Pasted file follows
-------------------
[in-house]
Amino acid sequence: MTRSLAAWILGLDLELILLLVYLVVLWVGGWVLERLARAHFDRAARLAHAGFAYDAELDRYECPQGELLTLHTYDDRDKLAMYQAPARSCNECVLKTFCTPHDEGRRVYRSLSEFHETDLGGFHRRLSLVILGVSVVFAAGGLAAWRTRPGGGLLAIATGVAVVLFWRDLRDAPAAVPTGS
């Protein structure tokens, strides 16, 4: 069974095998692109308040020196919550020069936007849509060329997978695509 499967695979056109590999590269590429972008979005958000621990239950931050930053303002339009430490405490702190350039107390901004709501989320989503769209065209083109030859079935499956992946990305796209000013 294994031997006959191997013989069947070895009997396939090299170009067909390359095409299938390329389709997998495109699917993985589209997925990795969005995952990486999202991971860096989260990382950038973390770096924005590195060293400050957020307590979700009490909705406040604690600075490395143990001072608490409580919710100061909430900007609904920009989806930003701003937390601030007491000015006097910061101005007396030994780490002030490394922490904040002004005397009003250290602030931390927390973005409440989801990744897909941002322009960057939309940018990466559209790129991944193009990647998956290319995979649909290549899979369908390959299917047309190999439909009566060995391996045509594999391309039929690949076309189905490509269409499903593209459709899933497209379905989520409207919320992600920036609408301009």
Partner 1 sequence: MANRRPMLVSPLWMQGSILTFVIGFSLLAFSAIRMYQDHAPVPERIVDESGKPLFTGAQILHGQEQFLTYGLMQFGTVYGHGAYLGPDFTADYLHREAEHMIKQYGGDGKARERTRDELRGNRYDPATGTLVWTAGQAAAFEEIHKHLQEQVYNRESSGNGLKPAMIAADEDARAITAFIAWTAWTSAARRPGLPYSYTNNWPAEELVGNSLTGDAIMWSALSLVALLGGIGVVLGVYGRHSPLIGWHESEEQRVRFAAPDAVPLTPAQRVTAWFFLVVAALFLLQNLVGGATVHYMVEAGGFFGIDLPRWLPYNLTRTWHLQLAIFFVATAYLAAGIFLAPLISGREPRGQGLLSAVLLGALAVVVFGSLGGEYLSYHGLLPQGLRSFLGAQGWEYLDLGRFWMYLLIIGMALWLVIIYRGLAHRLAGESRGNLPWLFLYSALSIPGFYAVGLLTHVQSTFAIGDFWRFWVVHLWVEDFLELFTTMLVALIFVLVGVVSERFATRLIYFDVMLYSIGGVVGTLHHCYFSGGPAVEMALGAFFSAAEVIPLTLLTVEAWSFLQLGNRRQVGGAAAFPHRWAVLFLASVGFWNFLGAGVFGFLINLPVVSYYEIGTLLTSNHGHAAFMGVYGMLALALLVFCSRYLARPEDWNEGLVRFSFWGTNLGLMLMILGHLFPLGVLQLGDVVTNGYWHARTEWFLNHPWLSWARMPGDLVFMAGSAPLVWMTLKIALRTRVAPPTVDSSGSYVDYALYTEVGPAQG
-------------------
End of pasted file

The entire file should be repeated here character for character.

[in-house]
Amino acid sequence: MTRSLAAWILGLDLELILLLVYLVVLWVGGWVLERLARAHFDRAARLAHAGFAYDAELDRYECPQGELLTLHTYDDRDKLAMYQAPARSCNECVLKTFCTPHDEGRRVYRSLSEFHETDLGGFHRRLSLVILGVSVVFAAGGLAAWRTRPGGGLLAIATGVAVVLFWRDLRDAPAAVPTGS
């Protein structure tokens, strides 16, 4: 069974095998692109308040020196919550020069936007849509060329997978695509 499967695979056109590999590269590429972008979005958000621990239950931050930053303002339009430490405490702190350039107390901004709501989320989503769209065209083109030859079935499956992946990305796209000013 294994031997006959191997013989069947070895009997396939090299170009067909390359095409299938390329389709997998495109699917993985589209997925990795969005995952990486999202991971860096989260990382950038973390770096924005590195060293400050957020307590979700009490909705406040604690600075490395143990001072608490409580919710100061909430900007609904920009989806930003701003937390601030007491000015006097910061101005007396030994780490002030490394922490904040002004005397009003250290602030931390927390973005409440989801990744897909941002322009960057939309940018990466559209790129991944193009990647998956290319995979649909290549899979369908390959299917047309190999439909009566060995391996045509594999391309039929690949076309189905490509269409499903593209459709899933497209379905989520409207919320992600920036609408301009």
Partner 1 sequence: MANRRPMLVSPLWMQGSILTFVIGFSLLAFSAIRMYQDHAPVPERIVDESGKPLFTGAQILHGQEQFLTYGLMQFGTVYGHGAYLGPDFTADYLHREAEHMIKQYGGDGKARERTRDELRGNRYDPATGTLVWTAGQAAAFEEIHKHLQEQVYNRESSGNGLKPAMIAADEDARAITAFIAWTAWTSAARRPGLPYSYTNNWPAEELVGNSLTGDAIMWSALSLVALLGGIGVVLGVYGRHSPLIGWHESEEQRVRFAAPDAVPLTPAQRVTAWFFLVVAALFLLQNLVGGATVHYMVEAGGFFGIDLPRWLPYNLTRTWHLQLAIFFVATAYLAAGIFLAPLISGREPRGQGLLSAVLLGALAVVVFGSLGGEYLSYHGLLPQGLRSFLGAQGWEYLDLGRFWMYLLIIGMALWLVIIYRGLAHRLAGESRGNLPWLFLYSALSIPGFYAVGLLTHVQSTFAIGDFWRFWVVHLWVEDFLELFTTMLVALIFVLVGVVSERFATRLIYFDVMLYSIGGVVGTLHHCYFSGGPAVEMALGAFFSAAEVIPLTLLTVEAWSFLQLGNRRQVGGAAAFPHRWAVLFLASVGFWNFLGAGVFGFLINLPVVSYYEIGTLLTSNHGHAAFMGVYGMLALALLVFCSRYLARPEDWNEGLVRFSFWGTNLGLMLMILGHLFPLGVLQLGDVVTNGYWHARTEWFLNHPWLSWARMPGDLVFMAGSAPLVWMTLKIALRTRVAPPTVDSSGSYVDYALYTEVGPAQG